The Department of Health (DOH) designated infections of the H7N9 avian influenza strain as a notifiable disease yesterday, one day after four more cases of the bird-flu virus new to humans were reported in China.
Meanwhile, Chinese authorities later yesterday reported that two more people had contracted the new bird flu, one of whom has died, bringing the total number of known cases to nine and the number of deaths to three.
“We have decided to list H7N9 infection as a category five notifiable disease,” Department of Health Minister Chiu Wen-ta (邱文達) said after hosting a meeting with disease control experts.
The department has also decided to raise the quarantine alert for the H7N9 flu strain from Grade 2 to Grade 3, Chiu said.
A national-level H7N9 epidemic prevention and control center was also activated at 6pm yesterday, with Premier Jiang Yi-huah (江宜樺) presiding over the center’s opening.
Centers for Disease Control Director-General Chang Feng-yee (張峰義) will serve as the new control center’s chief, Chiu said.
Chinese health authorities said on Tuesday that three women and a man, from various cities in Jiangsu Province, have fallen critically ill from the H7N9 virus. The cases were the second batch to be confirmed in China after three in Shanghai and in Anhui Province on Sunday.
Chinese authorities reported yesterday that a 38-year-old cook became ill early last month while working in Jiangsu Province. He died in hospital in Hangzhou on Wednesday last week, the Xinhua news agency reported.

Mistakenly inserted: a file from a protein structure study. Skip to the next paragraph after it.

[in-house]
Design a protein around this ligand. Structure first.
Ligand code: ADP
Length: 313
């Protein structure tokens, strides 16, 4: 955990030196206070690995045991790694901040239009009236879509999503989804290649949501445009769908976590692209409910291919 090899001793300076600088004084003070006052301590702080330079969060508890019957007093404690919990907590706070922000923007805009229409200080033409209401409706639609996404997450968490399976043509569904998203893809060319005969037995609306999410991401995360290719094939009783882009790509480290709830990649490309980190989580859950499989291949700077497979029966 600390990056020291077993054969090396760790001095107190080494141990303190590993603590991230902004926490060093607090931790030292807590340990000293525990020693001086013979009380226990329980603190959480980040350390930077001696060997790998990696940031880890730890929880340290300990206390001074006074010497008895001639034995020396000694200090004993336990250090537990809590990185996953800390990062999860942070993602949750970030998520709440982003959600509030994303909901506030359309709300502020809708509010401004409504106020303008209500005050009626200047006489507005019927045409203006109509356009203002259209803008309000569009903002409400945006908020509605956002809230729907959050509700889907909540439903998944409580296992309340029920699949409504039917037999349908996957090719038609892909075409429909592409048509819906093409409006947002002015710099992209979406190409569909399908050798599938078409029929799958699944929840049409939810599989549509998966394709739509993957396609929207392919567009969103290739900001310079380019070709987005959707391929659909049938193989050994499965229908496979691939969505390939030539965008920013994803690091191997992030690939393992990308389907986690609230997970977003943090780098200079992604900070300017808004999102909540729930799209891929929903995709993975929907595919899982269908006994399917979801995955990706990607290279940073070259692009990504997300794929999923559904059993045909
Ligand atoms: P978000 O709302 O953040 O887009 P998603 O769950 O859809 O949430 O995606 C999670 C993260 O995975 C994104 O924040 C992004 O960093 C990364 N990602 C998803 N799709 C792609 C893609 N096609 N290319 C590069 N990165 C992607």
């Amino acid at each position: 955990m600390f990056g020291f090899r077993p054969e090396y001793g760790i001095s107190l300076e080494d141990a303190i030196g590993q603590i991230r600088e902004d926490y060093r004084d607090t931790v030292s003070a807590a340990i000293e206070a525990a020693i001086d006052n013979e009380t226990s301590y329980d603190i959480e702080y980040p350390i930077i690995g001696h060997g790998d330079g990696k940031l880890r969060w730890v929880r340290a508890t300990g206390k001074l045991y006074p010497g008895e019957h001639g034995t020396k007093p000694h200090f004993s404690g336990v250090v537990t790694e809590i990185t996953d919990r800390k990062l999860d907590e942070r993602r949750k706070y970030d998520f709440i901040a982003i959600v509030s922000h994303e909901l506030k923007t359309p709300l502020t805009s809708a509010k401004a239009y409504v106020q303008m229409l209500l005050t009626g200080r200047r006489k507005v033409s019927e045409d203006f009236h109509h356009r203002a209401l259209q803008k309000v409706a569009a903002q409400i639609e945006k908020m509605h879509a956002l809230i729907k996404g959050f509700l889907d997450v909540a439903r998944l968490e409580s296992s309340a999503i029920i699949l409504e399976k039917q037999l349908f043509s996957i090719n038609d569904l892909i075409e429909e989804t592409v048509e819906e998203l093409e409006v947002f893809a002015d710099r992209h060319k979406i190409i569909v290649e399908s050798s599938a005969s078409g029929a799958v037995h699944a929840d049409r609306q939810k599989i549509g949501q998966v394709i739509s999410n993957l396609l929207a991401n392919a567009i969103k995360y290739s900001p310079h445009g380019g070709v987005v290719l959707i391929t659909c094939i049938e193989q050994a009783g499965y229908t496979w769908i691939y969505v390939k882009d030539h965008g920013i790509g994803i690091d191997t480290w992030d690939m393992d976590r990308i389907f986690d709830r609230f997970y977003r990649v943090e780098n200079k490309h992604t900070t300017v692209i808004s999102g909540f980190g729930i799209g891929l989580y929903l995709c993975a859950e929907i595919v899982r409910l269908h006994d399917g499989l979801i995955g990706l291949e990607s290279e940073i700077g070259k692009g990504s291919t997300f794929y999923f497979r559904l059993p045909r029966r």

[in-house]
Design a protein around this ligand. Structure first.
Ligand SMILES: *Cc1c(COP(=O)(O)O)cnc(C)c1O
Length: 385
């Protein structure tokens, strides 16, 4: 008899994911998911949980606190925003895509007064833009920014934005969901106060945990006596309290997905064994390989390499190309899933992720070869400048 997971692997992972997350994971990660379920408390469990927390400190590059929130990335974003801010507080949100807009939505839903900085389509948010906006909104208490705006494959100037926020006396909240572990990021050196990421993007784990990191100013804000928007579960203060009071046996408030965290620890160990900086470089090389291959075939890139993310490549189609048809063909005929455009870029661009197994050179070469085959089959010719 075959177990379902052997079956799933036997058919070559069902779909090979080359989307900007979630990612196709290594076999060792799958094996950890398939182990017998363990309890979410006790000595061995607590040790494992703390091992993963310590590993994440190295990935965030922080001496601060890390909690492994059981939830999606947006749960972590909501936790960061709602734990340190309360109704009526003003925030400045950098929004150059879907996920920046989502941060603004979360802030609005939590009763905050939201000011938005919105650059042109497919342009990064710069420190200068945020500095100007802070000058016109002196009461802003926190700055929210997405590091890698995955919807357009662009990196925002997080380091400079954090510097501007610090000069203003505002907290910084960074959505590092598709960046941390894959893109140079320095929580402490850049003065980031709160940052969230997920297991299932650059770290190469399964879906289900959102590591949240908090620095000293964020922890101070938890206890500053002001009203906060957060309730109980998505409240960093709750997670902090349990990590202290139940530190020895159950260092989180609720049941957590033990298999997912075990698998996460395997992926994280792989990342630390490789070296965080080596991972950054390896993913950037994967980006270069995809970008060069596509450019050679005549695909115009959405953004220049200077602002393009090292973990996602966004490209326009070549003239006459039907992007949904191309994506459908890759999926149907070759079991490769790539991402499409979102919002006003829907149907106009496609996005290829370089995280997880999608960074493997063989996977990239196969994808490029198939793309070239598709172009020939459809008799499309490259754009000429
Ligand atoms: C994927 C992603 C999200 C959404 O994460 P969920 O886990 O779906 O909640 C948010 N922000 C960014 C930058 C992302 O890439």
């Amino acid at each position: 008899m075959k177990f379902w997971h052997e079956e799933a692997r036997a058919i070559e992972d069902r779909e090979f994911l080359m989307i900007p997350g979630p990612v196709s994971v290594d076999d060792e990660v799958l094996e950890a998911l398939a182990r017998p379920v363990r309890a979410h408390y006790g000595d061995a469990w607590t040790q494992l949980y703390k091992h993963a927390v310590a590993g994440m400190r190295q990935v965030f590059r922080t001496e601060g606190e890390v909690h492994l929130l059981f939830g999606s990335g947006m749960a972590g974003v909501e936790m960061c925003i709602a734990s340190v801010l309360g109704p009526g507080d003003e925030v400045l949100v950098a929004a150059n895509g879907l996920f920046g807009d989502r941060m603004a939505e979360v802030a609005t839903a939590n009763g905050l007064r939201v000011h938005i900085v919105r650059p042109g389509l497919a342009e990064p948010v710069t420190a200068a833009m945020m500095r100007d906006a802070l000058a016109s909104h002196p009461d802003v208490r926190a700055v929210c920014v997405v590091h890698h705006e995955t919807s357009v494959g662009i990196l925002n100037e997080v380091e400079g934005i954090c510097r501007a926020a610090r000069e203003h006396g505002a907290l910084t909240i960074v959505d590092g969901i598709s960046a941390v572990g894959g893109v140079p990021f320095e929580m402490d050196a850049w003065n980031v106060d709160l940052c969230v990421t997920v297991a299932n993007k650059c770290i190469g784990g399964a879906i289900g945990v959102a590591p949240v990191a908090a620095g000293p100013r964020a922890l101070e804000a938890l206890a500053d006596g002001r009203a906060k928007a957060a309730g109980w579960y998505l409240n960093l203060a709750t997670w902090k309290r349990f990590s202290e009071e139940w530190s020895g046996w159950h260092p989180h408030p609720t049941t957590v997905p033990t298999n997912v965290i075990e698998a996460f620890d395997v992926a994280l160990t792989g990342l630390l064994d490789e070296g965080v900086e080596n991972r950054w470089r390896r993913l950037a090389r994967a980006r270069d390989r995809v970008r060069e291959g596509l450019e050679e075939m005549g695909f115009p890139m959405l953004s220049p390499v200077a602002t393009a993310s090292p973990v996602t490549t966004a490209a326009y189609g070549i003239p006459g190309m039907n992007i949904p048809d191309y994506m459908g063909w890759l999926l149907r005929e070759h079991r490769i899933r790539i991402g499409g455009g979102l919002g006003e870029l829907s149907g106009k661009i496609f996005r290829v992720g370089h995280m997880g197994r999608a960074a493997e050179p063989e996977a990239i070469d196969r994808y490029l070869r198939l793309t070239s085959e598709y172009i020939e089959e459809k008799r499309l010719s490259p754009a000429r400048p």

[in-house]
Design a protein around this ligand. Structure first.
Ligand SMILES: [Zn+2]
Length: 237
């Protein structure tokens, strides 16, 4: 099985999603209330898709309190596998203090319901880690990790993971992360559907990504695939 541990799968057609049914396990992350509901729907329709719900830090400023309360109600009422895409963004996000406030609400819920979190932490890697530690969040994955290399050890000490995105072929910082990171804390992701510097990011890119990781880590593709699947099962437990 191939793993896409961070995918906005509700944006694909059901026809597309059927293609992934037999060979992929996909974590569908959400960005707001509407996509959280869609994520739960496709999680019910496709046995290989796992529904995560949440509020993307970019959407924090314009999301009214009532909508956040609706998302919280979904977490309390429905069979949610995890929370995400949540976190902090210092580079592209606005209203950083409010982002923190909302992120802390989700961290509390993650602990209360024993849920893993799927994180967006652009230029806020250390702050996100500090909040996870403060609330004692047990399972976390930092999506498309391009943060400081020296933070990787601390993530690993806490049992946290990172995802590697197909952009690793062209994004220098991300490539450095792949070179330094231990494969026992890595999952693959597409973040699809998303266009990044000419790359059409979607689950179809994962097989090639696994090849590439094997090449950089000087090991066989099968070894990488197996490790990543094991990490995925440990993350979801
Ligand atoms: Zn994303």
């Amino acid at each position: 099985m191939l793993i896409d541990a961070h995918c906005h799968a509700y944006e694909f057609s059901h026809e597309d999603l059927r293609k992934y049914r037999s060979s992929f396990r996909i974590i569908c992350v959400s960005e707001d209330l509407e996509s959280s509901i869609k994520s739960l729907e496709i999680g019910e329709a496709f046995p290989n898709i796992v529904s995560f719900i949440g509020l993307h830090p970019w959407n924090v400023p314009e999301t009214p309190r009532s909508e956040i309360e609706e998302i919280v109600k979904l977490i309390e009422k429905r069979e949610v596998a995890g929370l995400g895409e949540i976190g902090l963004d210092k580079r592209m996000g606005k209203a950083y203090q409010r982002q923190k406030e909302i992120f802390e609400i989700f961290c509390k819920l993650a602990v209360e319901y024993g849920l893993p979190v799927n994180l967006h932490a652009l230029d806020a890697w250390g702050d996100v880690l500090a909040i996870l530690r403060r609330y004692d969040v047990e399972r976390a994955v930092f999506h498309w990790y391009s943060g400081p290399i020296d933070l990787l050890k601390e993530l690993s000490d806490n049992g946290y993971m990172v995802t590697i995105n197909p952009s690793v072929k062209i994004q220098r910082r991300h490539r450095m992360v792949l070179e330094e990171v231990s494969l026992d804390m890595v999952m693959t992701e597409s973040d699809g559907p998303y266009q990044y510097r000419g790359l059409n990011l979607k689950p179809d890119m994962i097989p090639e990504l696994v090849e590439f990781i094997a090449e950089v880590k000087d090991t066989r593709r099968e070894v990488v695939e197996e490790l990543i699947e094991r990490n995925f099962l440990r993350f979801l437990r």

Samples taken from him tested positive yesterday for the new H7N9 strain.
The second patient, also in Hangzhou, is a 67-year old who is under treatment. Xinhua said no connection between the two cases had been discovered and no one in close contact with either patient had developed any flu-like symptoms.
The Chinese news Web site Chinanews.com said the four patients in Jiangsu all reported varying symptoms of dizziness, fever, coughing and breathlessness.
The Chinese Ministry of Agriculture said it had yet to find any animals infected with the H7N9 virus, but added it was possible that H7N9 had been brought to China by migratory birds.
In Taipei yesterday, Council of Agriculture Deputy Minister Wang Cheng-teng (王政騰) said tourists from China have been barred from visiting poultry farms nationwide over concerns about avian influenza.
Huang Kuo-ching (黃國青), deputy head of the Bureau of Animal and Plant Health Inspection and Quarantine, said the bureau has advised poultry farm operators to reject visits by Chinese tourists.
On Tuesday, when commenting on Taiwan’s ability to cope with a possible threat from the disease, Steve Chan (詹啟賢), chairman of the Taichung-based Adimmune Corp (國光生技), said that although there is no specific vaccine for H7N9 — a new variant — it is a “sibling” of the more commonly seen H5N1 virus, for which a vaccine already exists.
Should there be a major outbreak of H7N9, he said, it would take Adimmune just two months to produce between 5 million and 10 million doses of the vaccine.